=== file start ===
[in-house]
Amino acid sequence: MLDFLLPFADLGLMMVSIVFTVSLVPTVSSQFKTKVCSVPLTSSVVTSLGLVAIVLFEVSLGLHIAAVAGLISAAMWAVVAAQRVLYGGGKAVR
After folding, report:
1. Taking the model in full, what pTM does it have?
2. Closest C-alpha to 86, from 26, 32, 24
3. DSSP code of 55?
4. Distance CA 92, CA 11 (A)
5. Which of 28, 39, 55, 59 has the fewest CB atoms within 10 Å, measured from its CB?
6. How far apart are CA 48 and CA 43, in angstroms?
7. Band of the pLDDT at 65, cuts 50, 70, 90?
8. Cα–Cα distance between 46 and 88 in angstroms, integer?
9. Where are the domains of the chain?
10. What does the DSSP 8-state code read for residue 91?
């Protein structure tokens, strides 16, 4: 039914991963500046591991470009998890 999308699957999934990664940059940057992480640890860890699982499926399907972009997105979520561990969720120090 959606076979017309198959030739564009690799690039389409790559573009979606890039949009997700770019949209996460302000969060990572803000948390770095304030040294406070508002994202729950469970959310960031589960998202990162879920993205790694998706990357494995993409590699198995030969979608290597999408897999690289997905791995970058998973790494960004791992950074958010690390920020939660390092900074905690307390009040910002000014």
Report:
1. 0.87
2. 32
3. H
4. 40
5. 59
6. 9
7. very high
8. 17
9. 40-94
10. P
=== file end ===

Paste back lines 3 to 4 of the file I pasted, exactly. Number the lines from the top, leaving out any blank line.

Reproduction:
After folding, report:
1. Taking the model in full, what pTM does it have?